In his latest round of begging at the feet of the Democratic National Committee, Ray Buckley made one indisputably true statement. His letter called the decision to strip the New Hampshire Democrats of the First in the Nation (FITN) presidential primary “an unfortunate, reckless, and self-inflicted blow.”

Unfortunately, he sent the letter to the wrong people.

It should have gone to Sens. Jeanne Shaheen and Maggie Hassan … and to the desk of Raymond Buckley himself.

In a shock to absolutely nobody, the New Hampshire Democratic Party was not able to meet Thursday’s deadline for getting the GOP-controlled legislature to throw out the state’s FITN law. And — surprise — Gov. Chris Sununu wasn’t willing to convene the body in special session to radically change the state’s election laws and allow early voting weeks before Election Day.

By failing to meet the deadline, New Hampshire doesn’t just lose the first slot, it gets pushed out of the early state lineup entirely. In other words, the DNC  voted to push New Hampshire back into the cheap seats of the 2024 primary.

Great work, Ray!

Granite State Democratic leaders have responded with a flurry of letters and media interviews bemoaning the DNC’s decision.

“Punishing New Hampshire Democrats, who have no ability to address voting laws in the face of a Republican trifecta in the state, could have dire consequences for Democrats up and down the ticket in 2024,” wrote state Senate Minority Leader Donna Soucy (D-Manchester).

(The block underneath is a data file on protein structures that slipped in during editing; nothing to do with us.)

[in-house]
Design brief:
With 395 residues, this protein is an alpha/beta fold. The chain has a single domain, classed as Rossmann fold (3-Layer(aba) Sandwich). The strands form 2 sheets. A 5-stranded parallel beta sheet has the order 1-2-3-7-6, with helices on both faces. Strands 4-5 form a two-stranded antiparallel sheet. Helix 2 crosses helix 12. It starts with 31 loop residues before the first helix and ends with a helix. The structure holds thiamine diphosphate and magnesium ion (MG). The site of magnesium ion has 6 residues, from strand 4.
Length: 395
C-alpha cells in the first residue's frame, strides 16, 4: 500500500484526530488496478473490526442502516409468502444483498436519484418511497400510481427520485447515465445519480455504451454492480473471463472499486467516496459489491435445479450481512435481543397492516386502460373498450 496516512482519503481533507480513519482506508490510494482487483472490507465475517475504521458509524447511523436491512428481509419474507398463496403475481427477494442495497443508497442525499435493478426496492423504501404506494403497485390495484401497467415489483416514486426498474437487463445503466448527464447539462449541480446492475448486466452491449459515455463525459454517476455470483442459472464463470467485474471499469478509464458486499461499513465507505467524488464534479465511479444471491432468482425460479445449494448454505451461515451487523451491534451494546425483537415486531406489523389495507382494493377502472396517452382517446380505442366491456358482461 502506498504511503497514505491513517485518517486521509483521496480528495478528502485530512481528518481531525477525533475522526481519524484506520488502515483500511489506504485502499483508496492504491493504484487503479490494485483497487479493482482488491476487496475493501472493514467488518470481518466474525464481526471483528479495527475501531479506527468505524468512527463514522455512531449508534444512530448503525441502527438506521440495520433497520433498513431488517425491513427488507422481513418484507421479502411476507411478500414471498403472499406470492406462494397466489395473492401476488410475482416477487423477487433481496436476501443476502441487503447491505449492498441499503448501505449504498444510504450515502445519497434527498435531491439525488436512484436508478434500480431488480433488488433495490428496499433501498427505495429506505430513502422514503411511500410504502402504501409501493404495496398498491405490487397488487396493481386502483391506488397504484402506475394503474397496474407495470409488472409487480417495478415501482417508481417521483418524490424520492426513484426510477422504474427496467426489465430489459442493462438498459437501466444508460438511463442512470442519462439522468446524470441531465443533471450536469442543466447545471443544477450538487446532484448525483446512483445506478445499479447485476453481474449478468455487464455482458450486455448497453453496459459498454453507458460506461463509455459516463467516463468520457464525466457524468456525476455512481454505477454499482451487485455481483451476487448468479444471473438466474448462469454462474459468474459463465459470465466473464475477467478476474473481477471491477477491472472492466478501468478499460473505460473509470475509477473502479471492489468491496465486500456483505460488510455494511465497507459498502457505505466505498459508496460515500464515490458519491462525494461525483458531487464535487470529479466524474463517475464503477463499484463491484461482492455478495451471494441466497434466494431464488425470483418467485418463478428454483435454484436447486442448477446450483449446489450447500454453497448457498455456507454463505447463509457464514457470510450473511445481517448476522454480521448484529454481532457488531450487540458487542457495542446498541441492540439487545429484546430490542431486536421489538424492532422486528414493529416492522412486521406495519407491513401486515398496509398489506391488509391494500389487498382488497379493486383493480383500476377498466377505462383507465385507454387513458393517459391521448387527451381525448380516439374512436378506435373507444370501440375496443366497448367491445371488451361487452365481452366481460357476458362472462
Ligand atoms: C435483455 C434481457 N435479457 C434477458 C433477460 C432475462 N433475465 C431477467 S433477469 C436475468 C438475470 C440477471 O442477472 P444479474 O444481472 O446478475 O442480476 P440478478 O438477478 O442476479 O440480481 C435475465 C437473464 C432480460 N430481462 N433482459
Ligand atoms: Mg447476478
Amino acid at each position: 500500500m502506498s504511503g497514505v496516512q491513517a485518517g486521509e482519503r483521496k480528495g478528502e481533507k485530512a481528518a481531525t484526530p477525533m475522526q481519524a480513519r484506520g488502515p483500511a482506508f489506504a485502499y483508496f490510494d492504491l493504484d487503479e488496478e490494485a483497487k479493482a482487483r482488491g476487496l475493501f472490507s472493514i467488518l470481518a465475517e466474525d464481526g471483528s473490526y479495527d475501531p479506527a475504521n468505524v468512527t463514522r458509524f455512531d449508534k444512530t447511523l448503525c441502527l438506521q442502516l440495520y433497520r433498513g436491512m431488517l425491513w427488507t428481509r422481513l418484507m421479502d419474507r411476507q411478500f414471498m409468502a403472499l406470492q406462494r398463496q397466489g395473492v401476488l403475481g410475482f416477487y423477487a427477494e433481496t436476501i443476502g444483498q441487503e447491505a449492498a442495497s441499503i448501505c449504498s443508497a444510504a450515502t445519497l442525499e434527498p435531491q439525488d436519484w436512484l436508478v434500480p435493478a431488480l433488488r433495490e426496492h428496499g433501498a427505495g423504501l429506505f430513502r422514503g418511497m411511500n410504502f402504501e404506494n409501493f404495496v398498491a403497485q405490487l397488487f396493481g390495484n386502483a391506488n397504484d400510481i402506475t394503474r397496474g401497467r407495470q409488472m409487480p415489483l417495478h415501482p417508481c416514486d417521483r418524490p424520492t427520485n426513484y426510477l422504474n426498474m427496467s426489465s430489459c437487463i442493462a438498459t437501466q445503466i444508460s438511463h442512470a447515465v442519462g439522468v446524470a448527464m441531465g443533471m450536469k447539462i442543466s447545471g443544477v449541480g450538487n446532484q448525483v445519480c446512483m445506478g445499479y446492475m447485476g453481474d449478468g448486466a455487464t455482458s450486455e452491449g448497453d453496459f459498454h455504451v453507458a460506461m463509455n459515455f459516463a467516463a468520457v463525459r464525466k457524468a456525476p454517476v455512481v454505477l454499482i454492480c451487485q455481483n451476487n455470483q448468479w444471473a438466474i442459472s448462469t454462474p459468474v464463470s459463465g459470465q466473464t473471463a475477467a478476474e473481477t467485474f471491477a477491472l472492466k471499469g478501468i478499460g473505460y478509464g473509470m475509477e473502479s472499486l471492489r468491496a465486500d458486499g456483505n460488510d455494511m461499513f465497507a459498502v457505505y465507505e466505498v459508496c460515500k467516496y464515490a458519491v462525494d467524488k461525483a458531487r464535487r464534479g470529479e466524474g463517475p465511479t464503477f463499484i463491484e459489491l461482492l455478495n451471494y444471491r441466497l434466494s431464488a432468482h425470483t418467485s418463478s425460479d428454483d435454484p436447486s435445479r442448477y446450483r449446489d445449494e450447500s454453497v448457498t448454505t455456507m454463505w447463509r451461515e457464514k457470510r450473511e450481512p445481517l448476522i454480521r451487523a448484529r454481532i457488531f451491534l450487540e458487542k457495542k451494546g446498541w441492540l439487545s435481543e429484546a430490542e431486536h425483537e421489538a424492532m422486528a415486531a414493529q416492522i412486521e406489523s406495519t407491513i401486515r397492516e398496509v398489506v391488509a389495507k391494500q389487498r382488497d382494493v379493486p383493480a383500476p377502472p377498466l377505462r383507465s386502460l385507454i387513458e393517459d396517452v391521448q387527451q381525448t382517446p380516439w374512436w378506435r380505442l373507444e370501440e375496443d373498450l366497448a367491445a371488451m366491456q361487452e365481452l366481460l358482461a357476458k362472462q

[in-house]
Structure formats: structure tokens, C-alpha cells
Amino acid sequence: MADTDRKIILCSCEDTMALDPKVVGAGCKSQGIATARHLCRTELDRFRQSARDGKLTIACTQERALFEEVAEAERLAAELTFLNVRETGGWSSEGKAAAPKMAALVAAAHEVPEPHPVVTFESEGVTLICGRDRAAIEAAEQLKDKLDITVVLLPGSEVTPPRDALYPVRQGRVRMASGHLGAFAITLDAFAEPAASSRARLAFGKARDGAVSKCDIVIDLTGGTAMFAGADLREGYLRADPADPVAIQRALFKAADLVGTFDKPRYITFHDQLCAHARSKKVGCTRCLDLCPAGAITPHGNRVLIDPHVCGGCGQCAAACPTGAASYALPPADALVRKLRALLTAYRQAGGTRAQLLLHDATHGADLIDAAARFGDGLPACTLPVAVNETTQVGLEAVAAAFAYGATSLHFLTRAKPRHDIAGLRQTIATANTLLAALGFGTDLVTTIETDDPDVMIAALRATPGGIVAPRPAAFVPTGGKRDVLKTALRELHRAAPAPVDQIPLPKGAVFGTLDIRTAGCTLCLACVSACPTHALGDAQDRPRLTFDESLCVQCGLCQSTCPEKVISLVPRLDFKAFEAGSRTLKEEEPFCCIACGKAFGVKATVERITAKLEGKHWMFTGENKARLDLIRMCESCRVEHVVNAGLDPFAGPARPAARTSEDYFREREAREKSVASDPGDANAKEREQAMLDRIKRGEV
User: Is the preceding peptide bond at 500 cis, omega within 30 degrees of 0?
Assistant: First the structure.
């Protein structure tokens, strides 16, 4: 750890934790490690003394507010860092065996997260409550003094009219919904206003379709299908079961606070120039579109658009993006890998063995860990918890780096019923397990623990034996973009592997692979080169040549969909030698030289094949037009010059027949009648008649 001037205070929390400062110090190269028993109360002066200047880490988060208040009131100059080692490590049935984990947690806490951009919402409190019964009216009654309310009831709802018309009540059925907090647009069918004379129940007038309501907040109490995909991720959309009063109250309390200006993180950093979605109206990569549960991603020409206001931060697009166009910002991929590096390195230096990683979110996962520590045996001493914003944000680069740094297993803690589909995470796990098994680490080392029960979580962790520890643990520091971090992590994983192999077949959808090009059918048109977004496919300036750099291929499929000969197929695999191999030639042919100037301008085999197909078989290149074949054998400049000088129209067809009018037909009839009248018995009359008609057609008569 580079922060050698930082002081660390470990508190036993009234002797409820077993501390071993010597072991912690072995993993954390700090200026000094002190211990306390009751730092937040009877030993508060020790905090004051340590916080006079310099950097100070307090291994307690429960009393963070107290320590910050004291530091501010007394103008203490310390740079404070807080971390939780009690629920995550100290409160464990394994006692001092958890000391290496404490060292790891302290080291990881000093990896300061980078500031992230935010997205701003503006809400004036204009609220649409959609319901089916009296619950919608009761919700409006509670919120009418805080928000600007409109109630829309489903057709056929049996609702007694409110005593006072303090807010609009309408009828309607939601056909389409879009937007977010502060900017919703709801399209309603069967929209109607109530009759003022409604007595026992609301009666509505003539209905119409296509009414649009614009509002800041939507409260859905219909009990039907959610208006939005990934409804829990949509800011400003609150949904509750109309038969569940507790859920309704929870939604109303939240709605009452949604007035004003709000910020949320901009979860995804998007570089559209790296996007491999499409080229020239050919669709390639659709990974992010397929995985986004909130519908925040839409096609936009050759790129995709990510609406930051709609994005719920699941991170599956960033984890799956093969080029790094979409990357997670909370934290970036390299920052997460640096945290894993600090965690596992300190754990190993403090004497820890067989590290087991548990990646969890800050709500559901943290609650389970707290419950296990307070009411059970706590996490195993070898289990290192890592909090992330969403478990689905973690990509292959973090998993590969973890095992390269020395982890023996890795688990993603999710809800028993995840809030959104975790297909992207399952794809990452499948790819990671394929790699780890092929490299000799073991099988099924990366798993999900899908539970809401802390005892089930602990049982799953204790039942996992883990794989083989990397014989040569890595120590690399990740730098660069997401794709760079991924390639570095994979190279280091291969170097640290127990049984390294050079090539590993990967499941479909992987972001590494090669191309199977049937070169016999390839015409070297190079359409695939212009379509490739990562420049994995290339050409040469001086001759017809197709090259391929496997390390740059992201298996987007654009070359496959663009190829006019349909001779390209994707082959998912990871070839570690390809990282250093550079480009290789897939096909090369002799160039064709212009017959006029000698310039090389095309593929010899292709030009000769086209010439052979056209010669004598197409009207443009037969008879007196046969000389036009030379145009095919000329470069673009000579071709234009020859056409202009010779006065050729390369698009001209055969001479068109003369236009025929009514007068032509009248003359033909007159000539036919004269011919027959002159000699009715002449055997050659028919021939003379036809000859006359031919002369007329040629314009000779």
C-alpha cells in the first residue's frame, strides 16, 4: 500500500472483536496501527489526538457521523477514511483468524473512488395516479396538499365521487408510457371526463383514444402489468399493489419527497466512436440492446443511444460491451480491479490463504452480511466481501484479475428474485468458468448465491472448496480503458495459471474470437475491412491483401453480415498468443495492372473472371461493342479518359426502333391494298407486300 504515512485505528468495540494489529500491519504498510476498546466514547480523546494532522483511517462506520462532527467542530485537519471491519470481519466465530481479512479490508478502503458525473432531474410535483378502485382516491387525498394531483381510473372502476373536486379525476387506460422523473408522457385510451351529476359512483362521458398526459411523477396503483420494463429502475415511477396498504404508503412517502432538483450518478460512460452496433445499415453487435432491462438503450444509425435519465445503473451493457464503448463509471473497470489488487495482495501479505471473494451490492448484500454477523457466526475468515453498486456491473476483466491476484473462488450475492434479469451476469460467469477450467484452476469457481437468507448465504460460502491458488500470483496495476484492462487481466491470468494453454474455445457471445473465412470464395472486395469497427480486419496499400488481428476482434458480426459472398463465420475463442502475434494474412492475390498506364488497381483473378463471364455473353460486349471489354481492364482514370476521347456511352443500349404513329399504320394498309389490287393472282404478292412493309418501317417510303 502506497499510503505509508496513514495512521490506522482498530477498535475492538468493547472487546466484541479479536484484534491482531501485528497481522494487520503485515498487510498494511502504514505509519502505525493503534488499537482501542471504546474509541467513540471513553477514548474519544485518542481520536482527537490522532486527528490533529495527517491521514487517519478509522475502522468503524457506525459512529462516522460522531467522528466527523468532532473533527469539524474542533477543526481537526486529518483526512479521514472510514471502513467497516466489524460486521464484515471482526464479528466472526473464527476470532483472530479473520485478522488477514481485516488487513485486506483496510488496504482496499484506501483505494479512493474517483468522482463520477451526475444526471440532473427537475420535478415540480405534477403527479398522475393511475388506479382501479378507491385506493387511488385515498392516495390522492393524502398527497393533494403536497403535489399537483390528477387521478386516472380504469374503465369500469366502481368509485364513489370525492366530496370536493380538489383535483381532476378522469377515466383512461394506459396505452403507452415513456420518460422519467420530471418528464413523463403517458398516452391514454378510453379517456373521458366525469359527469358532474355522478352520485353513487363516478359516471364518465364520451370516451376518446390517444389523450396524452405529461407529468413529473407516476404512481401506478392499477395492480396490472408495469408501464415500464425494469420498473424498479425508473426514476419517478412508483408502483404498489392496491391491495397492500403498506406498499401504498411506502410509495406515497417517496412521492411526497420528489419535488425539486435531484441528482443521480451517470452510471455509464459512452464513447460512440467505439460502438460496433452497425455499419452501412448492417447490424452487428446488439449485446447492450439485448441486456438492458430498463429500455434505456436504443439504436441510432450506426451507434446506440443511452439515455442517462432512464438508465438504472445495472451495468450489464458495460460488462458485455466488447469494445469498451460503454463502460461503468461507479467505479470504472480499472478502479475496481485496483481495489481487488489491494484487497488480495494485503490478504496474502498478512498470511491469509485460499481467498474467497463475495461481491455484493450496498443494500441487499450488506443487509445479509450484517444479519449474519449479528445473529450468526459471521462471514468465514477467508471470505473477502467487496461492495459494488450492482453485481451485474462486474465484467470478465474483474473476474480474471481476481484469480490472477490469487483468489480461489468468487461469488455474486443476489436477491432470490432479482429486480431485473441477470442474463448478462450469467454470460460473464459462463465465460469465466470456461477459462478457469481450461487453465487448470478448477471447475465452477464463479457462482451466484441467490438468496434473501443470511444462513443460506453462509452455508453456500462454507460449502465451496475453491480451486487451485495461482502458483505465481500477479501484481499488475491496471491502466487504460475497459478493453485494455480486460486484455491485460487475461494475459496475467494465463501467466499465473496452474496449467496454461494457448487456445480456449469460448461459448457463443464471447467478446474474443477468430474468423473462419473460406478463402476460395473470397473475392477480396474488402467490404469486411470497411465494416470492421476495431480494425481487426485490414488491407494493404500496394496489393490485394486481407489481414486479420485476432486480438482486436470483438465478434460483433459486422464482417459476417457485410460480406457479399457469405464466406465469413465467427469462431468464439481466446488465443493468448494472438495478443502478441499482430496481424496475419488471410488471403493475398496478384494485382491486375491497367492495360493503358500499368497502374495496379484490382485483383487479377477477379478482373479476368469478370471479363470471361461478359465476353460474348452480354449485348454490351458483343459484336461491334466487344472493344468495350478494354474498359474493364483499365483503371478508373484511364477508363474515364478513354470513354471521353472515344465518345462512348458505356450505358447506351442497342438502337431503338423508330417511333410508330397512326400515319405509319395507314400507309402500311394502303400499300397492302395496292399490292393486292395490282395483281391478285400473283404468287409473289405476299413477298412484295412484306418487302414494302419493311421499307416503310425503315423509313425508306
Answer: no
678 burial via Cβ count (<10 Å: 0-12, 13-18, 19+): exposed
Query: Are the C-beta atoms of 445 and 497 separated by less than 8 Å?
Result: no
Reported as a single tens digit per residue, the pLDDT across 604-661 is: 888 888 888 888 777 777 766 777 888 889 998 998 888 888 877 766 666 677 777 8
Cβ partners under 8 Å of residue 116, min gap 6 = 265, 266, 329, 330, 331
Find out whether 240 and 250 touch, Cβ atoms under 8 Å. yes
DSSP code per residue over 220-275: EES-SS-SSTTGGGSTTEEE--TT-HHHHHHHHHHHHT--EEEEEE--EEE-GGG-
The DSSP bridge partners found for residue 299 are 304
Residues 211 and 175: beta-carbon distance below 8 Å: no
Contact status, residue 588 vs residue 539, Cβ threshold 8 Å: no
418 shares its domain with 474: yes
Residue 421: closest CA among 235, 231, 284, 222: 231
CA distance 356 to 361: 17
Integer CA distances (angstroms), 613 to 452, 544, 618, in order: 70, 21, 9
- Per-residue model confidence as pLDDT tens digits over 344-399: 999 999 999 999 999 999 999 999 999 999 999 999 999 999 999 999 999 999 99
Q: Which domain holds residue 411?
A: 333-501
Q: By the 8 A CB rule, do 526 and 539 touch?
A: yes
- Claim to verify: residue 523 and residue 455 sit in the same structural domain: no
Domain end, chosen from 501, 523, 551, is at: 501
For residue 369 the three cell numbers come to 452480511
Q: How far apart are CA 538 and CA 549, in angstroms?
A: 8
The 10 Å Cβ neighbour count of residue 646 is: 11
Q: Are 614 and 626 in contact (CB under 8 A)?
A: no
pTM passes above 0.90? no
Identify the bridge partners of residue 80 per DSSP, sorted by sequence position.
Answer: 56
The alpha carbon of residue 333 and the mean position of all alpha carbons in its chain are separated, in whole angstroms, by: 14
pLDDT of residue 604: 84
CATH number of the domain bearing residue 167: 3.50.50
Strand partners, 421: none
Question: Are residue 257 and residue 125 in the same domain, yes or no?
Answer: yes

“Our state’s first-in-the-nation primary makes our entire country and democracy stronger, and the importance of how we’ve run the New Hampshire primary should not be dismissed,” the four members of the federal delegation said in a Boston Globe op-ed on December 15.

But those cries and complaints all came after the fact. For years, Buckley, Shaheen, and company have insisted their party’s FITN was secure. Nothing to see here, move along.

Meanwhile, their fellow Democrats were unleashing a political assault on the primary on racial grounds. Some of the biggest names in their party said explicitly that New Hampshire voters weren’t to be trusted when it came to candidates of color. Granite State Democratic primary voters are simply “too White” to be allowed to go first.

Democrats like former DNC chairs Ron Perez and Howard Dean have been beating this identity-politics drum for the better part of a decade.  “New Hampshire and Iowa are a big problem,” Dean said in a 2019 Politico article on the lack of diversity among the party’s presidential  candidates after Sen. Kamala Harris dropped out of the race, Dean said

And, he added, “They’re going to be toast sooner rather than later.”

Former U.S. Senate Democratic Leader Harry Reid, who wanted the FITN primary moved to his home state of Nevada, said straight up the Granite State had a White people problem.

“You go to New Hampshire. There are not any minorities there. Nobody lives there,” Reid told The Washington Post back in 2015.

Prominent Democrats including U.S. Sen. Cory Booker and former HUD Secretary Julian Castro repeatedly made the “too White” accusation during the 2020 primary season, too.